The Range Rover Evoque retains its recognisable silhouette, but now sports numerous features that will appeal to tech-savvy and outdoorsy drivers
Range Rover's evolutionary Evoque The Range Rover Evoque sports a heavily modified strut front suspension and an integral-link rear suspension, resulting in an agile and comfortable ride. PHOTO: JAGUAR LAND ROVER

The new Range Rover Evoque is heading to Singapore soon and the good news for aficionados of the compact luxury sport utility vehicle (SUV) is that they will find the new model comfortingly familiar.

After all, why fool around with the design that has won the hearts of so many?

Since its introduction in 2011, the car has seen more than 770,000 units sold.

Hence, the new model's styling is more of a "refresh" than a "redo". The body looks smoother, with fewer lines and protrusions.

But the coupe-like shape and rising beltline are still there. A noteworthy addition is the quartet of flushed door handles.

Unlike the previous Evoque, which was also available as a three-door "coupe" and two-door convertible, the new model is available only as a five-door SUV.

The Evoque is full of cutting-edge technologies.

One such highlight is the all-new Premium Transverse Architecture platform, which can accommodate internal combustion engines, plug-in hybrids and full electric vehicle drivetrains.

Two Evoque variants were available during our drive across Greece: the P250 petrol and D240 diesel.

When the Evoque goes on sale, many variants will be fitted with a new 48-volt mild hybrid system, which is like the EQ Boost found in newer models from Mercedes-Benz.

An Evoque with a 3-cylinder PHEV system will be rolled out next year.

The P250 I drove was very hushed at low speeds and its power delivery is linear. The throttle response is sluggish, though.

With 246hp and 365Nm on tap, the SUV dispatches the zero to 100kmh dash in 7.5 seconds and has a top speed of 230kmh.

Interestingly, it does not feel that swift due to its unruffled nature.

The only evidence that it is covering asphalt at a fast pace is the increasingly loud "whooshing" noise coming from the side mirrors, especially beyond 100kmh.

Equipped with all-wheel-drive that controls torque distribution between the front and rear axles to maximise traction on all four wheels, the new Evoque sports a heavily modified strut front suspension and an integral-link rear suspension, which is derived from the one in the Velar.

As a result, the car retains its predecessor's agility without compromising ride comfort.

Land Rover's brilliant Terrain Response 2 system, which is accessed via the glossy touchscreens of the Touch Pro Duo system (also from the Velar), is very easy to use.

You can tap the icon that best represents the ground conditions or leave it in "Auto" and let the electronic wizards take over.

At one off-road section on an almost dried-out riverbed, the "Mud and Ruts" mode enabled the Evoque to overcome rocks, stones and holes of varying shapes and sizes with ease.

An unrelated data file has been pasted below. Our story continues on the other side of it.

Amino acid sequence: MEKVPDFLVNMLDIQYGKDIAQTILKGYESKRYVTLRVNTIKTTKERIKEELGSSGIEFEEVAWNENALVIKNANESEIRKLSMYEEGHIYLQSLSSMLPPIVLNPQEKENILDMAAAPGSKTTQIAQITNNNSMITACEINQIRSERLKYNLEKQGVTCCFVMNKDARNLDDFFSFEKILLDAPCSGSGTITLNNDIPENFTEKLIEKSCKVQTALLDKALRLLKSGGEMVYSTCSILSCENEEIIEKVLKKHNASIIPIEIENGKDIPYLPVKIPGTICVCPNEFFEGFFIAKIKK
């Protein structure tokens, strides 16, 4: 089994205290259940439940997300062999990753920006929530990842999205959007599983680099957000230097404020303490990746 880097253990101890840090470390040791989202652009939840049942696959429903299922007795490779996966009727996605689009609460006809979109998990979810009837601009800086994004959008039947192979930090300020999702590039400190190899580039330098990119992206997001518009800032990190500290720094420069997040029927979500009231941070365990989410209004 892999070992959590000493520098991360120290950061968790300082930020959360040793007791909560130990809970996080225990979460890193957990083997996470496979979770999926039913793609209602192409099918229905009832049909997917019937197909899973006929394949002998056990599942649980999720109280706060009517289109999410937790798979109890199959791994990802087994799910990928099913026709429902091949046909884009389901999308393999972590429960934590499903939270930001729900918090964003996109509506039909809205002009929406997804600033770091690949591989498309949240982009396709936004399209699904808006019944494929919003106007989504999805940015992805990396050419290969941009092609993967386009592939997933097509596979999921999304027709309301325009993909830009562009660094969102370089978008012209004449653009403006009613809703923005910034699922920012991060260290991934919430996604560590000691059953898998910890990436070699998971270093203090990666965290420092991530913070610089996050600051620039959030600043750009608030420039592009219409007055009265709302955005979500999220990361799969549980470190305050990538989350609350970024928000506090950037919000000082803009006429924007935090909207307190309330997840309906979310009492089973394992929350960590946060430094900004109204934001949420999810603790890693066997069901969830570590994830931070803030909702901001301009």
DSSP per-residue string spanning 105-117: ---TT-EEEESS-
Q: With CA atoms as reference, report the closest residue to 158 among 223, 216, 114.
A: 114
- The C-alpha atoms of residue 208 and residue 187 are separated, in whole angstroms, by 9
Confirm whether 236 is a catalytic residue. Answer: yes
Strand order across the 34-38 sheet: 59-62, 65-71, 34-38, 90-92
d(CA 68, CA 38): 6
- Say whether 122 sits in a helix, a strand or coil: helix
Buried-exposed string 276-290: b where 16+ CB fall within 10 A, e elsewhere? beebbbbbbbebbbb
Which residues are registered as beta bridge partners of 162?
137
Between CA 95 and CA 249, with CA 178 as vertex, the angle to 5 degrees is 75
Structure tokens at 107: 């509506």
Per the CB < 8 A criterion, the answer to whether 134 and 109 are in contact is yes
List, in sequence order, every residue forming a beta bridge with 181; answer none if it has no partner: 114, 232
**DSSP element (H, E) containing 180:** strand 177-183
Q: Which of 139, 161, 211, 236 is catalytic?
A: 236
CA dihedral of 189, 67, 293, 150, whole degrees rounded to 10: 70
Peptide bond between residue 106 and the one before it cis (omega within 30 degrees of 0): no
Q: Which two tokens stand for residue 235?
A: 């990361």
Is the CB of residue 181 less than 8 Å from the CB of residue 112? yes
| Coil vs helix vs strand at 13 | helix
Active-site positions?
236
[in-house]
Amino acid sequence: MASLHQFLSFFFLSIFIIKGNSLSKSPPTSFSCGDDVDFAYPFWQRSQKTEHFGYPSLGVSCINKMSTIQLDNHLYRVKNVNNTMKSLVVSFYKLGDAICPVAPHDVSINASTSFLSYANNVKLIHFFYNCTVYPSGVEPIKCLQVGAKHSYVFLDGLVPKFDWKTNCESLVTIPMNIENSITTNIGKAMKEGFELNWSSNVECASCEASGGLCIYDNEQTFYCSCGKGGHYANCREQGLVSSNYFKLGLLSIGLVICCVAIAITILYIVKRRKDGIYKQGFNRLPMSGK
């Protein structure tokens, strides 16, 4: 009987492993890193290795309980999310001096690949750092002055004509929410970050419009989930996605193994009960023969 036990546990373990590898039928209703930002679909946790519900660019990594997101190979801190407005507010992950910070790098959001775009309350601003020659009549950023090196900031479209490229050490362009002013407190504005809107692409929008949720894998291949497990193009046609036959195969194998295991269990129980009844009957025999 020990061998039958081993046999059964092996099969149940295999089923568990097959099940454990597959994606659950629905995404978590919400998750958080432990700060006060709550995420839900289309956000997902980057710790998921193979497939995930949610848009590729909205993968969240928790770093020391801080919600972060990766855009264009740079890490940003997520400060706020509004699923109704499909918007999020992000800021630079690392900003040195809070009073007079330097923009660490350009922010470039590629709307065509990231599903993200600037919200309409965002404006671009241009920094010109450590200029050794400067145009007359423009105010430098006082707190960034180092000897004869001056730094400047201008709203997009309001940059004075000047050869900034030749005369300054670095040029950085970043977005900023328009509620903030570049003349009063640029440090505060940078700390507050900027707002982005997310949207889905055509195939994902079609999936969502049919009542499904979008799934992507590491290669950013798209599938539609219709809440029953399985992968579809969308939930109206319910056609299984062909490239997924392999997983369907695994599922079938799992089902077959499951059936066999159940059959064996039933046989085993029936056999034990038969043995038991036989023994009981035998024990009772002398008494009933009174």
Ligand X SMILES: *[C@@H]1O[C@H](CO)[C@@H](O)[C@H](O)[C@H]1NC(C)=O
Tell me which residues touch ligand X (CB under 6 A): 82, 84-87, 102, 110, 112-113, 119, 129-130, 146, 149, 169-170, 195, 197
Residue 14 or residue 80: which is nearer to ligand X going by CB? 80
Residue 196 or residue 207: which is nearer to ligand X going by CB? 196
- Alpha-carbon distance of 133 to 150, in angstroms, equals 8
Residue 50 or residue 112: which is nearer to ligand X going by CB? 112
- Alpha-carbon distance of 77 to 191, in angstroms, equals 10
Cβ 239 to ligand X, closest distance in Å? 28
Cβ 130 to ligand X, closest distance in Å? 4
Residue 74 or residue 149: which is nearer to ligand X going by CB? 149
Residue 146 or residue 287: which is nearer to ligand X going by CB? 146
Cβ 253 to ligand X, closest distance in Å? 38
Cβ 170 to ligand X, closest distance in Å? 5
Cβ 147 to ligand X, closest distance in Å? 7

On another trail section with a steep downslope, I selected Hill Descent Control and adjusted the target speed to its slowest setting.

After that, all I had to do was release the brake pedal and steer. The Evoque did the rest.

If you need a good view of the road immediately ahead and underneath, you will like the ClearSight Ground View system.

Employing a combined feed from cameras mounted in the front and sides, it brings up a digital field of vision on the central touchscreen and makes it possible to "see through" the bonnet.

Inside, you will find that the cabin quality has been dialled up a few notches over the previous model.

Like the exterior, the cockpit is clean and tidy. However, the scarcity of knobs, levers and buttons may take some getting used to for the less tech-inclined.

There are more Velar-inspired touches, such as the pair of 10-inch touchscreens and some exquisite trim and materials.

Said materials offered include faux suede, a new eucalyptusderived textile and Kvadrat textile which is a wool-blend premium fabric.

Another new tech gadget is the ClearSight Rear View Mirror. At the touch of a button, the rear-view mirror turns into a display screen and shows the feed for the camera mounted at the back of the SUV.

An optional 12-inch digital display is also available in place of the conventional driver's instrumentation cluster.

The new Evoque's wheelbase has grown by 21cm and this increase has resulted in 20cm more knee room for occupants at the rear. Storage-wise, the boot is approximately 10 per cent larger and there are numerous compartments for personal effects, including a "hidden" one directly behind the touchscreens.

After a two-day trip covering 560km of highways, mountain passes and off-road tracks, I can say that Land Rover has made the right moves where quality, driving dynamics and technology are concerned.

And with three petrol variants - R-Dynamic SE P200, First Edition P250 and R-Dynamic HSE P300 - coming to Singapore some time in the middle of this year, fans of Land Rover's baby SUV will be spoilt for choice.